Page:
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Hopkinsville Museum Shares Latest "Snapshots in Time" Artifact, 110 Years of Fire Run Records

The next featured artifact in the Hoptown Chronicle's "Snapshots in Time" series is a Hopkinsville Fire Department fire run record dated October 3, 1924.
Alissa Keller
Hoptown Chronicle
The next featured artifact in the Hoptown Chronicle's "Snapshots in Time" series is a Hopkinsville Fire Department fire run record dated October 3, 1924.

In the next installment of the Hoptown Chronicle and Museums of Historic Hopkinsville-Christian County collaboration, "Snapshots in Time," the museum's executive director Alissa Keller features a Hopkinsville Fire Department fire run record dated October 3, 1924—a particularly noteworthy blaze out of 110 years' worth of records kept by the fire department. Keller speaks to Austin Carter about the featured item.

"[The fire run records] date from 1889 to 1999," Keller begins. "Every time the fire department went out onto a call, they had paperwork to file about each one. The records include the date of the fire, the location, who owned the building, what happened, how many feet of hose were used, the firefighters who responded, and who was absent. It's just a lot of really good information."

"We looked at one date in particular dated October 3, 1924," she continues. "It was the date that our fire department, the central fire station, burned. The record states it was from some unknown cause in the attic. It was a pretty devastating fire for the building itself, but all the people...and trucks got out. The second floor was totally gutted, and the tower clock came crashing down in the street, very dramatically, while the clock was chiming midnight."

"We wrote about that record and what it tells us and took a deep dive into what the building was before the fire and how quickly it was rebuilt. Now, the building we know in Hopkinsville today as the old fire station is actually a museum that our museum organization operates and manages."

"These would be a gold mine for property research," Keller says. "So, if you're buying a certain property in town, it'd be a great place to go and look at what might have happened on that property. That's the good news. The bad news is they're not indexed, so unless you know a date, you don't really know where to go to look to find them. But overwhelmingly, this gives us a little glimpse into the past, into how the community survived, how things got rebuilt, and how one thing can affect another. It paints a different portrait of who we are as people, a town, and a community as a whole."

Keller says that while there were a few tongue-in-cheek nods to the fire department suffering the type of blaze it was built to protect, the situation was, by and large, deemed a tragic one. Seven to eight firefighters were present at the time of the fire, as well as the family of a firefighter who lived on the second floor of the fire station. The records indicate the family was forced to evacuate so quickly that the children were still in their nightclothes.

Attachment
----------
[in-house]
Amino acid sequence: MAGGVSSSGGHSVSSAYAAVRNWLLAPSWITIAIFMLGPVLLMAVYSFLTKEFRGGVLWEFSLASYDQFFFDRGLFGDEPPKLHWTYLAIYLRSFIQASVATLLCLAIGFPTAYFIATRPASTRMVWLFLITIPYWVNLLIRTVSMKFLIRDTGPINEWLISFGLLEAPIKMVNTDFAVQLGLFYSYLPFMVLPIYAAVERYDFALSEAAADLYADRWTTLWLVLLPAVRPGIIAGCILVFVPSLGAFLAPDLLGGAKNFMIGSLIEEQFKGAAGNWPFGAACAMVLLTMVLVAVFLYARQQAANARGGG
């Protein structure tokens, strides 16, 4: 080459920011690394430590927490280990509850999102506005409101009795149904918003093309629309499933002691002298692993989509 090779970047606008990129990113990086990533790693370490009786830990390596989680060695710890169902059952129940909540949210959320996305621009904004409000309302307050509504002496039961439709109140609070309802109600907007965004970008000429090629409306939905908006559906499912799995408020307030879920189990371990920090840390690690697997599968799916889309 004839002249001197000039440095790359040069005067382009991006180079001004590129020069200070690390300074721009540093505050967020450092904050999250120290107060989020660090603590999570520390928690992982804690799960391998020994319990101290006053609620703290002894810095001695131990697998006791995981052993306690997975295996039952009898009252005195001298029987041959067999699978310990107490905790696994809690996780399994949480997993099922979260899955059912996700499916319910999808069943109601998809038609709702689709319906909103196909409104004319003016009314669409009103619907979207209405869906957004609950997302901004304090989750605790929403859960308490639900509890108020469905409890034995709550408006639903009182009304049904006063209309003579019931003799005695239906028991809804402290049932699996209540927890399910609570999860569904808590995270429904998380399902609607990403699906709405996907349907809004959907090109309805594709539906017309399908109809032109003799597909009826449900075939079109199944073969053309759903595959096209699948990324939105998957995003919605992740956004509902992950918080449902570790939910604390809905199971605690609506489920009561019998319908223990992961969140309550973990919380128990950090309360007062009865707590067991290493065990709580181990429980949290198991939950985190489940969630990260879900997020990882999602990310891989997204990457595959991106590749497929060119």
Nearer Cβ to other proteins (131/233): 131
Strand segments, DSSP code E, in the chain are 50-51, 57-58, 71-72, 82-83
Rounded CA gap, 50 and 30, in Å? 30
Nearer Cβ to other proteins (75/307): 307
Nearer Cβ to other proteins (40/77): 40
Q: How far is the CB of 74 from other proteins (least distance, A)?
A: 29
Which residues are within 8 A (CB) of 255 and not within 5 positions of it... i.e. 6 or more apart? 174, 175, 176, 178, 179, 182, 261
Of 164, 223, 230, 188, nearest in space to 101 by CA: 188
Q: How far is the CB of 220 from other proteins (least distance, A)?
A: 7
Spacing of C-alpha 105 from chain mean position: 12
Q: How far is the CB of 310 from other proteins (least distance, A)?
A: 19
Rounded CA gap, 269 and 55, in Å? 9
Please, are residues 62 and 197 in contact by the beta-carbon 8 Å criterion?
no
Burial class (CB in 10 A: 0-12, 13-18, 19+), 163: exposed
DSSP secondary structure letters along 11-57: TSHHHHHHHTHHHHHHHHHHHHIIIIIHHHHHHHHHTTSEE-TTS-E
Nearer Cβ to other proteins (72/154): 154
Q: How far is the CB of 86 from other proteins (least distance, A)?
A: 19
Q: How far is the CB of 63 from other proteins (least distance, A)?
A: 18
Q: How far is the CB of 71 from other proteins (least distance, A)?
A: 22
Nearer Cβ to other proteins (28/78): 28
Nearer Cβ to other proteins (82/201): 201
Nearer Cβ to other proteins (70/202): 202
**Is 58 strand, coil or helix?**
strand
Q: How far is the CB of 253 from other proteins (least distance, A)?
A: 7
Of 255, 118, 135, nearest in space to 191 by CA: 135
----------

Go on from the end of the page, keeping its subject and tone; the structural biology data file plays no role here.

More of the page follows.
The fire department operated out of a stable after the fire in October 1924 before returning to the building in January 1925. While a replacement clock tower wasn't initially included in the rebuild, a new clock tower was eventually installed in 1927 after a majority of citizens expressed an interest in adding one. The building served as the fire station until 1964, after which it housed various businesses until becoming a museum in 2008.

Keller adds that just last month, on March 31, 2023, straight-line winds from a large storm front blew out the building's windows and one wall. "So, that's another part of the story," she says. "Now, the building has suffered fire and storm damage."

Some fire-run records had become too fragile with age to display and are now in museum storage. However, Keller says that most records are available to thumb through at the Pennyroyal Area Museum in downtown Hopkinsville. "We always encourage people to find the date they were born. There was a grass fire the day I was born, so nothing too dramatic in that sense. We have some of that out, as well as some of our local fire memorabilia. We'd love for people to come see them."

You can read more featured stories about Christian County history in the Hoptown Chronicle. For more information on the museum, visit its website.

Austin Carter is a Murray State grad and has been involved with WKMS since he was in high school. Over the years he has been a producer for WKMS and has hosted several music shows, but now calls Morning Edition his home each weekday morning.
Melanie Davis-McAfee graduated from Murray State University in 2018 with a BA in Music Business. She has been working for WKMS as a Music and Operations Assistant since 2017. Melanie hosts the late-night alternative show Alien Lanes, Fridays at 11 pm with co-host Tim Peyton. She also produces Rick Nance's Kitchen Sink and Datebook and writes Sounds Good stories for the web.
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